The World Health Organization (WHO) has warned that “continued transmission” of monkeypox worldwide could mean the virus begins to spread in high-risk groups, such as pregnant women, immunocompromised people and children.
Most important points:
- WHO invests cases of monkeypox in children
- The virus has been identified in more than 50 new countries outside Africa
- There have been more than 3,400 cases and one death since the outbreak began in May
The WHO said it was investigating reports of infected children, including two cases in Britain, and followed up on reports in Spain and France.
None of the cases in children were serious.
The virus has now been identified in more than 50 new countries outside the African countries where it was endemic.
Now that the number of cases is also increasing in those countries, the WHO is calling for testing to be stepped up.
“I am concerned about continued transmission because it would suggest that the virus is (getting) established and could move into high-risk groups, including children, immunocompromised women and pregnant women,” said WHO chief Tedros Adhanom Ghebreyesus.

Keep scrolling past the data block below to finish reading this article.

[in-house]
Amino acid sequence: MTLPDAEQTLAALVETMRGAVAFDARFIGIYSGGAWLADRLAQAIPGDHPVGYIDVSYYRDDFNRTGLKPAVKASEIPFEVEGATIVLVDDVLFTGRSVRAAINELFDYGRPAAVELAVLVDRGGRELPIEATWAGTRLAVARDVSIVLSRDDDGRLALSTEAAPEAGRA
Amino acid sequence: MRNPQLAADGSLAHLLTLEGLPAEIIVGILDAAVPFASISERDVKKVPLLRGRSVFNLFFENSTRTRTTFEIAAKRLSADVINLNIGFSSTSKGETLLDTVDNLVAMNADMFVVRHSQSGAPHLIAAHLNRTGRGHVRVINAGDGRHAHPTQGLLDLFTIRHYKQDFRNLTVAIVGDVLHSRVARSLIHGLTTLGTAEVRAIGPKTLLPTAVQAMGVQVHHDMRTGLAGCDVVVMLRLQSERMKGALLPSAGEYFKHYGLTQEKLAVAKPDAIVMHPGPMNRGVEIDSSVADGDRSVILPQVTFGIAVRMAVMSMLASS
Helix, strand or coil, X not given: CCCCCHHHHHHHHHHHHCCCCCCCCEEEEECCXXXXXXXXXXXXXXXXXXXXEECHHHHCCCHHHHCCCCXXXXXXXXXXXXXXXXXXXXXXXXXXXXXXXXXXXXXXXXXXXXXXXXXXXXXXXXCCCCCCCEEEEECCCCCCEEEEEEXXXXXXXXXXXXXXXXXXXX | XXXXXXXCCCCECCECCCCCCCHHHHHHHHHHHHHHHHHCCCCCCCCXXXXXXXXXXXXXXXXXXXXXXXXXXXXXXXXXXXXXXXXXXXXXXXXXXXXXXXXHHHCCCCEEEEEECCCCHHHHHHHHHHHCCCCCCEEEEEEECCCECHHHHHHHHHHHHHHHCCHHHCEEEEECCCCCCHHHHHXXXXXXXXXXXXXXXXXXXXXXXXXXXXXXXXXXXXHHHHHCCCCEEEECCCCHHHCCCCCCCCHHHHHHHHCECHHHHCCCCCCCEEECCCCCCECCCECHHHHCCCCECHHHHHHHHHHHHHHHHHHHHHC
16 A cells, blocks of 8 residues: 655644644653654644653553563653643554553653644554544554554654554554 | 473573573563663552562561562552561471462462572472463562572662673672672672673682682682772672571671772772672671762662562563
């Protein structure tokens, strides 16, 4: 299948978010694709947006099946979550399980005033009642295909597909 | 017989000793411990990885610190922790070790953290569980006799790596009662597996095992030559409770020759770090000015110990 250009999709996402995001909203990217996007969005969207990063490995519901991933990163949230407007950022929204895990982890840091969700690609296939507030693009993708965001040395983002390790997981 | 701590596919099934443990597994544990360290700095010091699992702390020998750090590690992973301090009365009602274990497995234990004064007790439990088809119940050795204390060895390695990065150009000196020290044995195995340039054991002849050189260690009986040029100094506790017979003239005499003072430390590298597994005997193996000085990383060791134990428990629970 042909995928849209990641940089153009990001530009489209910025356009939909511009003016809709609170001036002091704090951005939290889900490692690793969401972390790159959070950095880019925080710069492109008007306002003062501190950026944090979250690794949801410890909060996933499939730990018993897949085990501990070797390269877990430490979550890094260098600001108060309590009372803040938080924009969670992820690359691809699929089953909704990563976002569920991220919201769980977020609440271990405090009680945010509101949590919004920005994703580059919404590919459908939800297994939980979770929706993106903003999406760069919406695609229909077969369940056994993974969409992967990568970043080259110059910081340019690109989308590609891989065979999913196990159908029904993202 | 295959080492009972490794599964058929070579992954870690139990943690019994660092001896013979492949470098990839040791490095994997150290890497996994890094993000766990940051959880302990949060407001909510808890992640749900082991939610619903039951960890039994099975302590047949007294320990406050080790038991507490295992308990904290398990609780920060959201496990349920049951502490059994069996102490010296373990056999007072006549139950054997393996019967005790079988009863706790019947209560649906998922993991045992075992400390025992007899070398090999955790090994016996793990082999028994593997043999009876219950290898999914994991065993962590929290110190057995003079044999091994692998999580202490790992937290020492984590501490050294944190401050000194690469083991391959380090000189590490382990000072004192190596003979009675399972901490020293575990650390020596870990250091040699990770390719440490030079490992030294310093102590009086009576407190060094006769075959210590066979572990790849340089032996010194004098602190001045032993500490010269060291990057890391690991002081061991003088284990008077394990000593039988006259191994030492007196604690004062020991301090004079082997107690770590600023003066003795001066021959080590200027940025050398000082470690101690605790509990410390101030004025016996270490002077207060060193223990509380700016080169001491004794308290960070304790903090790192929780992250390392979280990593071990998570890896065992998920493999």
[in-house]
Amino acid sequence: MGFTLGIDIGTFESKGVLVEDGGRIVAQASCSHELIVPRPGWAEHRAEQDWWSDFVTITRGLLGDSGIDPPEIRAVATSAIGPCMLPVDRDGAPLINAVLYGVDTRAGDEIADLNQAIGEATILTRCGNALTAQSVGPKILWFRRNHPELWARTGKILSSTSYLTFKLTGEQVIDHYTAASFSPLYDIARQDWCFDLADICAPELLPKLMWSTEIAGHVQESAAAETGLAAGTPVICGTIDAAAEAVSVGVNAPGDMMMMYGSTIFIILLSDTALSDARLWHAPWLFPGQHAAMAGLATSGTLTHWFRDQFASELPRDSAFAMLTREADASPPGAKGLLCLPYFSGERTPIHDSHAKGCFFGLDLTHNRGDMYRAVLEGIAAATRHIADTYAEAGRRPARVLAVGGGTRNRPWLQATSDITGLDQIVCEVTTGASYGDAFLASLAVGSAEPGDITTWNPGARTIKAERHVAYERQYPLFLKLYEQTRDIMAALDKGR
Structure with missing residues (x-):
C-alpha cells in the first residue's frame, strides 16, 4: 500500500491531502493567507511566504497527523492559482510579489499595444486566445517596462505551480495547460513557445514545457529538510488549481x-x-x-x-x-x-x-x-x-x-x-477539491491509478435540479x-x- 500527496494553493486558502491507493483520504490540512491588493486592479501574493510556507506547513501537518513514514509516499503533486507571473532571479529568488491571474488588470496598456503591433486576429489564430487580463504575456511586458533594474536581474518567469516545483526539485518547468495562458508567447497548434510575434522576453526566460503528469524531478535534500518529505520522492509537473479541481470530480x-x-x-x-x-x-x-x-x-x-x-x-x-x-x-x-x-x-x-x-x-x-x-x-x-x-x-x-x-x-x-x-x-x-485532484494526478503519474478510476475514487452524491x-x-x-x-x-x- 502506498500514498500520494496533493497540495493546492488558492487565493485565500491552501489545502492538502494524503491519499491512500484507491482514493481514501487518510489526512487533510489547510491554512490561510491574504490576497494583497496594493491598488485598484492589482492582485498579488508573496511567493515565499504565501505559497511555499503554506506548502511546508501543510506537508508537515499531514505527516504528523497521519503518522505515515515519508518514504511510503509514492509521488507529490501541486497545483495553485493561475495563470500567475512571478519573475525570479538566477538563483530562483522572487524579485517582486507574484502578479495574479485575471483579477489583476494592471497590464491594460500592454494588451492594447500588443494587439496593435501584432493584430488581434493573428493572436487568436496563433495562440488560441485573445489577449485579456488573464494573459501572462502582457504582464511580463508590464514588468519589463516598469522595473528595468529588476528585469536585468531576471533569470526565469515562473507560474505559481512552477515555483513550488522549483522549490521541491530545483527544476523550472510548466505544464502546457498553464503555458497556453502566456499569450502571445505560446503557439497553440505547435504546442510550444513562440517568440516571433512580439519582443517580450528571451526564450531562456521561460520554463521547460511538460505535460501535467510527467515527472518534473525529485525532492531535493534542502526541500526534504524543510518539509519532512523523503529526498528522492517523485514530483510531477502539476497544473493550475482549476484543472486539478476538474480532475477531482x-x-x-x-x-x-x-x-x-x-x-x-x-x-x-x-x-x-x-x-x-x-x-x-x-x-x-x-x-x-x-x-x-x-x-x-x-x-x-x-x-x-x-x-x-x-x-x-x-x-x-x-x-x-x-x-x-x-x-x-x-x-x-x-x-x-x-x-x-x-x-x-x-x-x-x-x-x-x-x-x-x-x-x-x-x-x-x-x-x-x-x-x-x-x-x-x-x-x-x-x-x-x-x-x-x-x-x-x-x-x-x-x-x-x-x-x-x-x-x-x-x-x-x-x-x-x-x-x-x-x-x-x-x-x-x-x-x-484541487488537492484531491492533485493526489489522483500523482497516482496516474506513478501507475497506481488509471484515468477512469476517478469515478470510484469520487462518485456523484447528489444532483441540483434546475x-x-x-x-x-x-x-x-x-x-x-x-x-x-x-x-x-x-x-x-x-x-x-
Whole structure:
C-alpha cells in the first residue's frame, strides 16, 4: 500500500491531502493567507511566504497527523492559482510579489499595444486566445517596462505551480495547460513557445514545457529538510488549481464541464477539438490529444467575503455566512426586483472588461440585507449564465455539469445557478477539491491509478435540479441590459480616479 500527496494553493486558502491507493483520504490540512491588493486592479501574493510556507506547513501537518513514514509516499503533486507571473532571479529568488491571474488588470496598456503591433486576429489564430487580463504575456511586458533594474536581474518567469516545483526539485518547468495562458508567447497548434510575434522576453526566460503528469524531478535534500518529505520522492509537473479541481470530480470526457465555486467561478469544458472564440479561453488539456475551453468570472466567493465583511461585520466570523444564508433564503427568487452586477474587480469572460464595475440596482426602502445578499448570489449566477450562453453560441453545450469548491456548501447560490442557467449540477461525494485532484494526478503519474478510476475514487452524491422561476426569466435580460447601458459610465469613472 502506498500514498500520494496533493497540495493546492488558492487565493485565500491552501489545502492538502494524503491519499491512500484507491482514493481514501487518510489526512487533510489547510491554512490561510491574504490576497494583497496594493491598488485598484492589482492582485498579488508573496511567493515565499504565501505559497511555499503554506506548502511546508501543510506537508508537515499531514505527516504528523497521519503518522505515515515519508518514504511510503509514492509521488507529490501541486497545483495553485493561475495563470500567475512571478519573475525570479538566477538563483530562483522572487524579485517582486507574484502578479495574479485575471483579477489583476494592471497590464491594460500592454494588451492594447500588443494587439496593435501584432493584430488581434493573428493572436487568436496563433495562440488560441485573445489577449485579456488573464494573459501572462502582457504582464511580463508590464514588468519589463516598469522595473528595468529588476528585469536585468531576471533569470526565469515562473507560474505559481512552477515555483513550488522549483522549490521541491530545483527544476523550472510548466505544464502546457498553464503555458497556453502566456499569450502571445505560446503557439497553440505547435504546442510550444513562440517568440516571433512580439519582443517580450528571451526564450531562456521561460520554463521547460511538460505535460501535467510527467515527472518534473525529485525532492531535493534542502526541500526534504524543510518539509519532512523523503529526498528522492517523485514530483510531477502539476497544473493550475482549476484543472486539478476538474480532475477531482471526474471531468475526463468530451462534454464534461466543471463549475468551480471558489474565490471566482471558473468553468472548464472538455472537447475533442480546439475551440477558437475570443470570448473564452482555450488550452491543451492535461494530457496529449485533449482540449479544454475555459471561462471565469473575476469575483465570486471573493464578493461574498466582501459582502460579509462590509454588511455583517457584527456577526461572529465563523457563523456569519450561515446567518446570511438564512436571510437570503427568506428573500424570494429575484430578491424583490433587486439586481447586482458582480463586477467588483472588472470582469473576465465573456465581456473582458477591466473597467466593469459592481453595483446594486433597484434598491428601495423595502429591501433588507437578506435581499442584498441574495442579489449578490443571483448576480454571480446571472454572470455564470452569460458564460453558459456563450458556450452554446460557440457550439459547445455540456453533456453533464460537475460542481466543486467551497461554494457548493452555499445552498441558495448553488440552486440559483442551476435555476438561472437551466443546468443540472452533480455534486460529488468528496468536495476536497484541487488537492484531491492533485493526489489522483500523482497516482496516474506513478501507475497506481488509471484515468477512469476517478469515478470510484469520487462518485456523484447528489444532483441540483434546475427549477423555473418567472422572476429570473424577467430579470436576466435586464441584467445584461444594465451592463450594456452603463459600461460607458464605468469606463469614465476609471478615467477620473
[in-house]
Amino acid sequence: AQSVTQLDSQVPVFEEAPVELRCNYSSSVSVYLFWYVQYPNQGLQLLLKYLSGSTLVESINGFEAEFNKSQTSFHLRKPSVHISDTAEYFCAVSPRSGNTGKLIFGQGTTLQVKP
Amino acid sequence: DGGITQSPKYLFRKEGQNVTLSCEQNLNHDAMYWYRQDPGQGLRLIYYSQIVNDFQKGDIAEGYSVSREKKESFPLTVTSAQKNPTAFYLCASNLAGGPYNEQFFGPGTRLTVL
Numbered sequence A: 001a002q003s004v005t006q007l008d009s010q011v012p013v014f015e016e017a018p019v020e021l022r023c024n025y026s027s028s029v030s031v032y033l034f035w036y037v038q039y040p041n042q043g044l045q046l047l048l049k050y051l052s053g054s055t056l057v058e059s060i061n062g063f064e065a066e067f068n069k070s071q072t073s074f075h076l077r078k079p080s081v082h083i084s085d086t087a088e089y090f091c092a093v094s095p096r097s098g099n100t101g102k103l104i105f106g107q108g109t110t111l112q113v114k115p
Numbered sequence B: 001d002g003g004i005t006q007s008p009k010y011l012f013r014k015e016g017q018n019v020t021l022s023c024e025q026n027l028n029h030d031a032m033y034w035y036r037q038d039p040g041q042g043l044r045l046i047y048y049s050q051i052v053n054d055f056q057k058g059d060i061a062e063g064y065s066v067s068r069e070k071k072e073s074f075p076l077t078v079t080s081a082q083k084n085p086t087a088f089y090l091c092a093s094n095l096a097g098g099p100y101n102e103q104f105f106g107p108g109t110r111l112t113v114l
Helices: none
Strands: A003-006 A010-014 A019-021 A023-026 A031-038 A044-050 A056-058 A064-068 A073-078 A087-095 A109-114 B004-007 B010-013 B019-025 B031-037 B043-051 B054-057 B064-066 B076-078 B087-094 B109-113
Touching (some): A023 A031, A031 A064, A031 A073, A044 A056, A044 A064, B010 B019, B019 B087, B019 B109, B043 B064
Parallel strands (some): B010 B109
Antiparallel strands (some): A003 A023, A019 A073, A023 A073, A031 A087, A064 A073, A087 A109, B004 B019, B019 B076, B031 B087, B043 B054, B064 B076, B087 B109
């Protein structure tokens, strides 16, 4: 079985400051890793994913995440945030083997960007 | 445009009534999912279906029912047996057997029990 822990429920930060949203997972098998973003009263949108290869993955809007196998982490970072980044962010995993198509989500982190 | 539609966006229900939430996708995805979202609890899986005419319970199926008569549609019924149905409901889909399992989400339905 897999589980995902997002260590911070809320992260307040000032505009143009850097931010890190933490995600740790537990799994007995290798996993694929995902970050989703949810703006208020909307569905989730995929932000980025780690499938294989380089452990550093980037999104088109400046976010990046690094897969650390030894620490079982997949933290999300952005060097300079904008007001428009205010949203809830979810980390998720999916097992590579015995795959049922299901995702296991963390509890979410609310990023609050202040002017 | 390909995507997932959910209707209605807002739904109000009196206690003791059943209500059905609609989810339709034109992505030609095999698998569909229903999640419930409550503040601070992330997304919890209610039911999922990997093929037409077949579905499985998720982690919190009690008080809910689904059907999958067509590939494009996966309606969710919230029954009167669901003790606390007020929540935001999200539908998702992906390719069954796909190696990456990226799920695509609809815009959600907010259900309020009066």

According to a WHO count, there have been more than 3,400 cases of monkey pox and one death since the outbreak in May, mostly in Europe among men who have sex with men.
There have also been more than 1,500 cases and 66 deaths this year in countries where it is more likely to spread.
Last week, the WHO ruled that the outbreak was not yet a public health emergency, the highest alert level.
However, WHO’s emergency program director Mike Ryan said WHO is closely monitoring the outbreak and would reconvene the committee “as soon as possible” to assess whether this was still the case.
He also said the WHO was working on a mechanism to distribute vaccines more fairly after countries like Britain and the United States suggested they were willing to share their stocks of smallpox vaccines, which also protect against monkeypox.
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